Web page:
With Google's rollout Wednesday to Gmail, the built-in Google Talk chat app is finally getting its own voice. Specifically, a plugin that lets you surface a dial pad so you can launch VoIP calls from the Gmail.com in-box, or from within iGoogle. The big caveat is that the service is currently being rolled out only to U.S. Gmail users.
We've been expecting something like this to happen since Google snapped up VoIP company Gizmo 5 last November, and there's even been speculation that this could have been a desktop app. But no, on Tuesday we discovered the online feature in-house and on Wednesday, Google made the VoIP news official. We buckled down to review the new service as soon as we got our online update.
Calling from Gmail
We tested the Google Talk VoIP capabilities on a Windows desktop, a Windows laptop, and a Mac laptop. You'll see the "Call phone" button in the Google Talk sidebar just under your name and status bar. In some cases, clicking to activate Google Talk's VoIP service will prompt you to install the Google Talk voice and video plugin before you can begin dialing. The plugin is requisite, but you may have already done so to try out video calls, an existing feature.
It may go without saying, but we'll say it anyway--you will need to have a microphone handy, either in the computer itself, or in a headset, in order to hear your caller from your computer.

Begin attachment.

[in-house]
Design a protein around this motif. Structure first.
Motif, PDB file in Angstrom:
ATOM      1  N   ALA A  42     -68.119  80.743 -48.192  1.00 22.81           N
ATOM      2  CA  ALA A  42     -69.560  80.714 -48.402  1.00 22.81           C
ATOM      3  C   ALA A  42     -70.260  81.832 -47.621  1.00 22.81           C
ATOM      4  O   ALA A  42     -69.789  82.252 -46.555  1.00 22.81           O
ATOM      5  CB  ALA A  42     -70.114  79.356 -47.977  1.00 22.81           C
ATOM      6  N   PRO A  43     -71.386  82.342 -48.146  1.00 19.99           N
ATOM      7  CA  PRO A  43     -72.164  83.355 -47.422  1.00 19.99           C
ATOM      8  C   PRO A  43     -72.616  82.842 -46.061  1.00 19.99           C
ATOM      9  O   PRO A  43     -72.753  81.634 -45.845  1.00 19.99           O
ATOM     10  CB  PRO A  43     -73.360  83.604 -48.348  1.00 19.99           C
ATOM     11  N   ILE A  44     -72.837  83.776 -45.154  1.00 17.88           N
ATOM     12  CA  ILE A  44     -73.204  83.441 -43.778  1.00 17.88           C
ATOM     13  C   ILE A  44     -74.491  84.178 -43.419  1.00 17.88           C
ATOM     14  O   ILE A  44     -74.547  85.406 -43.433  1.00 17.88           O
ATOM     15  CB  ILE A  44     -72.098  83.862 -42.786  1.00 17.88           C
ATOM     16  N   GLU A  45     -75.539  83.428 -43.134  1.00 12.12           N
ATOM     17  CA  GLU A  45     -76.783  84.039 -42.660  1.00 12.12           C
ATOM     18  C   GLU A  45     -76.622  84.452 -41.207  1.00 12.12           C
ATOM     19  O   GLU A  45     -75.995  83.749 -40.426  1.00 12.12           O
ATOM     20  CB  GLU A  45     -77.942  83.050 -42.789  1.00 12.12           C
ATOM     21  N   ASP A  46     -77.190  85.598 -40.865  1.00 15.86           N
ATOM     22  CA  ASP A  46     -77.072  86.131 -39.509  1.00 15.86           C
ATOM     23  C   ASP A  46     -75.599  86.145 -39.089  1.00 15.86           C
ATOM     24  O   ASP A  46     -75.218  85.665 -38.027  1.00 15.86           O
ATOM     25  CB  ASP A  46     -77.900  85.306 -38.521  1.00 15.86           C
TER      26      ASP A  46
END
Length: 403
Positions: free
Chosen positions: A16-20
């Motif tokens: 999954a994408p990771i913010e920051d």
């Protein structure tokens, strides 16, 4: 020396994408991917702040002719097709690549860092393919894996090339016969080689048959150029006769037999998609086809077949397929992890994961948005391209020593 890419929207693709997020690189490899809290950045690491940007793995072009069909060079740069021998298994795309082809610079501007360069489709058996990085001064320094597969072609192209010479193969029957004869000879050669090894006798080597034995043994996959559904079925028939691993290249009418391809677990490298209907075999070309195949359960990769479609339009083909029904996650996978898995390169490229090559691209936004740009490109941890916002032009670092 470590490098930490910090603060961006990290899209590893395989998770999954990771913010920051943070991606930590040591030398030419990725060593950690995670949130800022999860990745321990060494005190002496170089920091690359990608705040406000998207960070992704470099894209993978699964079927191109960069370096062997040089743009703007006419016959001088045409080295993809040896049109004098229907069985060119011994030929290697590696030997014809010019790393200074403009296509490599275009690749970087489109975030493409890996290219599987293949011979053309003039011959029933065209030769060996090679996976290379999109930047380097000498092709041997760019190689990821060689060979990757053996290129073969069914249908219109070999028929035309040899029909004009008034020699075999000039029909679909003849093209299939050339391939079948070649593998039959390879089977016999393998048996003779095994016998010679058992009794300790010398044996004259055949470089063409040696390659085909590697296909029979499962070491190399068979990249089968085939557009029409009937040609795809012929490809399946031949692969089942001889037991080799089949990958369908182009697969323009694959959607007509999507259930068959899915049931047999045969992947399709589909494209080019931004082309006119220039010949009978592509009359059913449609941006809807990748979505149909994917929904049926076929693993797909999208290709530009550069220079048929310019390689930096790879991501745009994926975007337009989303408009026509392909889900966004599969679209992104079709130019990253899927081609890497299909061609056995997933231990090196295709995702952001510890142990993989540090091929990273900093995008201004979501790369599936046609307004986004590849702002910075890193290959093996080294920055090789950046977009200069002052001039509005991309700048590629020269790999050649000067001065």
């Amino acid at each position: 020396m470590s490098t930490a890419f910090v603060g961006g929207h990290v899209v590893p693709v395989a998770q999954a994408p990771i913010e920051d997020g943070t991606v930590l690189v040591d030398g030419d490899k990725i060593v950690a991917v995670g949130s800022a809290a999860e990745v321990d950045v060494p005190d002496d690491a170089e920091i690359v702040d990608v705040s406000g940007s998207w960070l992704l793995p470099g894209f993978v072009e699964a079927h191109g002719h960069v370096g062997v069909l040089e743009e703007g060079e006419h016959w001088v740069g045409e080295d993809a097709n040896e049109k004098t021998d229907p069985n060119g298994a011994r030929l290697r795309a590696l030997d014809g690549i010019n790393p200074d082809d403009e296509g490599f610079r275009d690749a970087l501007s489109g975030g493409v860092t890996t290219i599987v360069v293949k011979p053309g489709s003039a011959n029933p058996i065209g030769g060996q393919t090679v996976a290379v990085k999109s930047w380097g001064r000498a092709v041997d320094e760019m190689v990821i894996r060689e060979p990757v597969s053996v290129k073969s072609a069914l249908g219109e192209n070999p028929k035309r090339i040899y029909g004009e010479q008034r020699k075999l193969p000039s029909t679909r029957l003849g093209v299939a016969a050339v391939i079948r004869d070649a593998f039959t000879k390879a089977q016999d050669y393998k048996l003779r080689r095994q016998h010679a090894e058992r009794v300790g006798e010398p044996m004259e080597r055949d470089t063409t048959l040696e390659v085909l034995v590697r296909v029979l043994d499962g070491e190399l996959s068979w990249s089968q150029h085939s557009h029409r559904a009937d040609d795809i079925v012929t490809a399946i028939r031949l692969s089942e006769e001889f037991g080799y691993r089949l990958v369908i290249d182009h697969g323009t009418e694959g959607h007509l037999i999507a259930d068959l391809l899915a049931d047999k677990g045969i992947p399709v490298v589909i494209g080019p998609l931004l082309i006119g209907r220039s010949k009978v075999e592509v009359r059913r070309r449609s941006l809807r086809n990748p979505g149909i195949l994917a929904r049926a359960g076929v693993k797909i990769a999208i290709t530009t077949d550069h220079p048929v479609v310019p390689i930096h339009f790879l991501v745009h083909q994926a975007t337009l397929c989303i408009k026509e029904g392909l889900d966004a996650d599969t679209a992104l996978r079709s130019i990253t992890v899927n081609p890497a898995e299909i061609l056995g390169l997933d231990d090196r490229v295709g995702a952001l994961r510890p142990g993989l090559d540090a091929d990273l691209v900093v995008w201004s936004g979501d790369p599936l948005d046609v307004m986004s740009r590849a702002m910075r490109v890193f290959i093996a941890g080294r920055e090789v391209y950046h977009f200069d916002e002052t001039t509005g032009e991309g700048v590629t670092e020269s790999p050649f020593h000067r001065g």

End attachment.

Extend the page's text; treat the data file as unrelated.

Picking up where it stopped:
The VoIP interface itself is plain, in typical Google fashion, with just a dial pad on the bottom right of the screen. One extra tab shows your call history. Making outbound calls is straightforward--just type the digits. Since the new VoIP chat feature is integrated with your Google address book, you can also type a contact's name to get their number to appear; then call, call away.
We were pleased with the call quality, overall, which we tested with other U.S. callers using landlines and mobile phones. Calls were loud and mostly clear, however, there were a few moments of garbled voices on multiple calls. There was also sometimes a noticeably persistent high buzz, but it did not distract from the meat of the call. The experience was about on par for VoIP calls, which are known to break up due to variable conditions with the callers' hardware, strength of Internet connection, and the telecommunications channels that process the voice data.… Read more